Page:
posted by orme at 10:49 AM on November 20, 2012


Yeah, I'm a dummy. I was making notes while watching the video and surfing the site. Had a question mark there and somehow left it in. Sorry.
posted by beaucoupkevin at 10:53 AM on November 20, 2012


I can see no way that this will ever be abused. None at all.
posted by lesbiassparrow at 10:57 AM on November 20, 2012 [1 favorite]


I'M TAKING YOU DOWN, HOMELESS TURNSTILE JUMPER
posted by brain_drain at 11:13 AM on November 20, 2012 [3 favorites]


Never a bad time to remind you all about CV Dazzle, makeup techniques that camoflage you from computer-vision algorithms.
posted by mhoye at 11:16 AM on November 20, 2012 [3 favorites]


Given that these people are suspects would the UK's libel laws be an issue?
posted by srboisvert at 11:23 AM on November 20, 2012


Never a bad time to remind you all about CV Dazzle, makeup techniques that camoflage you from computer-vision algorithms.

Then they add gait analysis. At that point. you not only have to dress and use makeup in a weird way, you need to silly-walk. Pretty soon, you're sticking out because of your efforts to avoid CV, and the algorithms will zero in on that!
posted by delicious-luncheon at 11:40 AM on November 20, 2012


My first thought was that this would be a system that used cameras and face recognition to alert a shop owner when a convicted criminal came into the store. I take it that it does not do this?
No. I've seen police and businesses interact over information about known criminals, and the police are very sensitive over how they deal with such information. Basically, the police will give images of convicted criminals to businesses only within three criteria: 1) that the criminals are known for retail thefts, and so it is relevant for shop owners to know about them; 2) that the images are not shown or displayed to anybody but staff, and that they are both marked with the business's name and returned to the police when requested; and 3) that shop owners do not take action against the individuals, but merely inform police that they're in the area. Given these constraints, the idea that the police would sanction something which gives "businesses the ability to identify and track "repeat offenders" on-site" seems pretty faraway.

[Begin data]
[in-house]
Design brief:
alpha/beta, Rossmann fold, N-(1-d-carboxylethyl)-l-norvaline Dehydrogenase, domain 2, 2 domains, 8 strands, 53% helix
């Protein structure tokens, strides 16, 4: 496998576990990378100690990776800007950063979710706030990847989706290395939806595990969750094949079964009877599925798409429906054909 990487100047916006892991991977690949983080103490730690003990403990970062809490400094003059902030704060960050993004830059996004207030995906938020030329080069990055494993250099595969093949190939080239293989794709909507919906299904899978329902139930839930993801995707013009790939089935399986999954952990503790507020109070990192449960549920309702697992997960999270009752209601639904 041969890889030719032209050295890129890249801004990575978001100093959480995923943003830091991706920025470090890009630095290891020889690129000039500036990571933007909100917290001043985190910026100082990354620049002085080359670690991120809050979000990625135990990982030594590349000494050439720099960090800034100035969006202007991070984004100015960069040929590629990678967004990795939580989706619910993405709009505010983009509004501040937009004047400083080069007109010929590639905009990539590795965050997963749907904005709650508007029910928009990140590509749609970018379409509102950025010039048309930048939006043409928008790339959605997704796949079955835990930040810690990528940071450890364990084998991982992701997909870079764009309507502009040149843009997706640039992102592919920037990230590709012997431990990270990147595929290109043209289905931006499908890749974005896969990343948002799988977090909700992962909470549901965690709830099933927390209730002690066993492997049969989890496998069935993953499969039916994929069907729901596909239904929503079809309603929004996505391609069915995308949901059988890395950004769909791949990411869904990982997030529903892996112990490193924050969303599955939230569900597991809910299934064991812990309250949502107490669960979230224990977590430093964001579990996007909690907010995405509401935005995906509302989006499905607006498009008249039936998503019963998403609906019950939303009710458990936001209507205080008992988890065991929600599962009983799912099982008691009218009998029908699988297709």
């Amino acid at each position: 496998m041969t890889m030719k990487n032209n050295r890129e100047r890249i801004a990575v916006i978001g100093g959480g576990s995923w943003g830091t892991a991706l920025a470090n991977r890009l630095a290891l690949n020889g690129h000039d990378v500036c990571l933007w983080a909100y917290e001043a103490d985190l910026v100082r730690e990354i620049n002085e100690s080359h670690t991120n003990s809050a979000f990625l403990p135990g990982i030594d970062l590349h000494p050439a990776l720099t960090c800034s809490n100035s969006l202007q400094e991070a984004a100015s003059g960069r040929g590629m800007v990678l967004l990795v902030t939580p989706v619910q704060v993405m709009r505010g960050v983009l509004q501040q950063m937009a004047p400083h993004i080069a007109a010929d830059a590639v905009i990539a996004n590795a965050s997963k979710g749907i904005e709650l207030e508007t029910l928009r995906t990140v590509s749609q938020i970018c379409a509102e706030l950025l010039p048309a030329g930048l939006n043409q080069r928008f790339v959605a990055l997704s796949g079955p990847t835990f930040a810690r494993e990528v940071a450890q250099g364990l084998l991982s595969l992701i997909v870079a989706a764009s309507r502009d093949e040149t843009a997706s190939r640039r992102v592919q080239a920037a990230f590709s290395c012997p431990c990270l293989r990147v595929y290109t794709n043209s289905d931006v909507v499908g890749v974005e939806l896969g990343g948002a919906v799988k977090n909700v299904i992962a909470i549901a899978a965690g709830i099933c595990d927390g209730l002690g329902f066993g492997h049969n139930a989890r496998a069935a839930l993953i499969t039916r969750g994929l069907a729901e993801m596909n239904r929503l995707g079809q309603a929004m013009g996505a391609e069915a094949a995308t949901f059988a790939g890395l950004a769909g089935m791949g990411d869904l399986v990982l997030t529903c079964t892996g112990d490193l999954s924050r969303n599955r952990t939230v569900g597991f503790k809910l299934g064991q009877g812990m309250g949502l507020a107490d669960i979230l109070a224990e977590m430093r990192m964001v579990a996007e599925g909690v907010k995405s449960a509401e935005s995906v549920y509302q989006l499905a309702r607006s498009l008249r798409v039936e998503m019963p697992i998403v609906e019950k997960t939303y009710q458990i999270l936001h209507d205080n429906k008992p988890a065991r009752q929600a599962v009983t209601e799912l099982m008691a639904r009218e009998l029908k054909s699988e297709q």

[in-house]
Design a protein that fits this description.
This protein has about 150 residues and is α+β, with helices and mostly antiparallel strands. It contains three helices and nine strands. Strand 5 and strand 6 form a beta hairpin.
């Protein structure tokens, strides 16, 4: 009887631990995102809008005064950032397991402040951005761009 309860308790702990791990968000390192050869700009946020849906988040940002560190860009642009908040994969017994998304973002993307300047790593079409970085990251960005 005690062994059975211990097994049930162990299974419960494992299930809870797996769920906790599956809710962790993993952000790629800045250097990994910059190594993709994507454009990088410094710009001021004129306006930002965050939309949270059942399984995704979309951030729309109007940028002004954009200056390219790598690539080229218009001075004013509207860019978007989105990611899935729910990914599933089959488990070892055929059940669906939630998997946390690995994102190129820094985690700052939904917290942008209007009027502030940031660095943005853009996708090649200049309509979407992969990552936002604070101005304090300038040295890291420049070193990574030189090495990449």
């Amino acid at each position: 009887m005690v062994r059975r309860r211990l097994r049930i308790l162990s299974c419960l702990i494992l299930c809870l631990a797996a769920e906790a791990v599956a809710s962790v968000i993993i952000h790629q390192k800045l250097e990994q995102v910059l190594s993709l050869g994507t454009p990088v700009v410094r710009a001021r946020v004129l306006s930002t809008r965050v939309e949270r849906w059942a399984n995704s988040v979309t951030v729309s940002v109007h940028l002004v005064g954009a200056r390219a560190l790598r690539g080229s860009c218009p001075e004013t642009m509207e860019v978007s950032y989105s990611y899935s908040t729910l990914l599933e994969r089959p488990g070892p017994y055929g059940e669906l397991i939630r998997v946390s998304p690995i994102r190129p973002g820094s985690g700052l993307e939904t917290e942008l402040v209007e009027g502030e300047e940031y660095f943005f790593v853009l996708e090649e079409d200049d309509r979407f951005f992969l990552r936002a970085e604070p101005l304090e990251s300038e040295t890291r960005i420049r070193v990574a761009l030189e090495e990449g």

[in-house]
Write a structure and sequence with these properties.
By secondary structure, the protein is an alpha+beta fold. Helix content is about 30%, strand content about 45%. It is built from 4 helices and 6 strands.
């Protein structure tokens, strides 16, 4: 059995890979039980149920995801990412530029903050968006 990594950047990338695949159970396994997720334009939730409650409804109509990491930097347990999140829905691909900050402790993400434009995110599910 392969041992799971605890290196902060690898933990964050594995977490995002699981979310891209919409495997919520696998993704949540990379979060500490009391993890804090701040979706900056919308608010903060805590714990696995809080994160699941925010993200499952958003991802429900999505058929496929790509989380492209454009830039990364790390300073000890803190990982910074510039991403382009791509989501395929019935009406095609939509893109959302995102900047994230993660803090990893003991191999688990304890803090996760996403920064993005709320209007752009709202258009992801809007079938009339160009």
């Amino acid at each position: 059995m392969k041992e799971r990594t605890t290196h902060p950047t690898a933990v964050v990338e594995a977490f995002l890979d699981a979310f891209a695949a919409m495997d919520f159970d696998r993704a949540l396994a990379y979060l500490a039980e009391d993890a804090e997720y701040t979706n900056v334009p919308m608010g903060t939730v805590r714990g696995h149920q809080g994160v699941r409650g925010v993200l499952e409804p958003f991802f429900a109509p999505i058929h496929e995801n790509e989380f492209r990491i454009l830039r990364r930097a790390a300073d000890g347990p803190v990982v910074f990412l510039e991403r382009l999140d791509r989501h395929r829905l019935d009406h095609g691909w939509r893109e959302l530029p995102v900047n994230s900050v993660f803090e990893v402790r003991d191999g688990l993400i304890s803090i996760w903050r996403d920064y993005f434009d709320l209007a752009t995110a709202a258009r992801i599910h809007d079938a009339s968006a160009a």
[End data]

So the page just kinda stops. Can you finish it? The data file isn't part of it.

Appeals for information using CCTV are different, but well within practises established by Crimestoppers and the like.

Sometimes, but seldom, an habitual criminal will be barred from all businesses in an area. Their name and face will be displayed publicly with this information. But this isn't on the initiative of businesses, but rather after the issuing of a kind of court order, an ASBO. Of the dozens of photographs of convicted criminals I've seen police issue to local retailers over the last couple of years, only one has had this complete and public ban (hi Stephen Golubovic!).
posted by Jehan at 11:52 AM on November 20, 2012 [1 favorite]


Orwellian.
posted by Catblack at 12:04 PM on November 20, 2012


On closer investigation this is not at all what it appears to be on the description.

It's not some new tracking technology.

It's a crime reporting system, which is the sort of thing the police probably should have had already but didn't.

It also seems to do businesses-to-business info. My home town in Scotland had a town centre shop walkie-talkie system where they'd warn each other about what local troublemakers were up to. That was 10 years ago.

The weirdest thing is that this Facewatch was created by Simon Gordon of Gordon's Wine Bar in London.
posted by PJMcPrettypants at 2:52 PM on November 20, 2012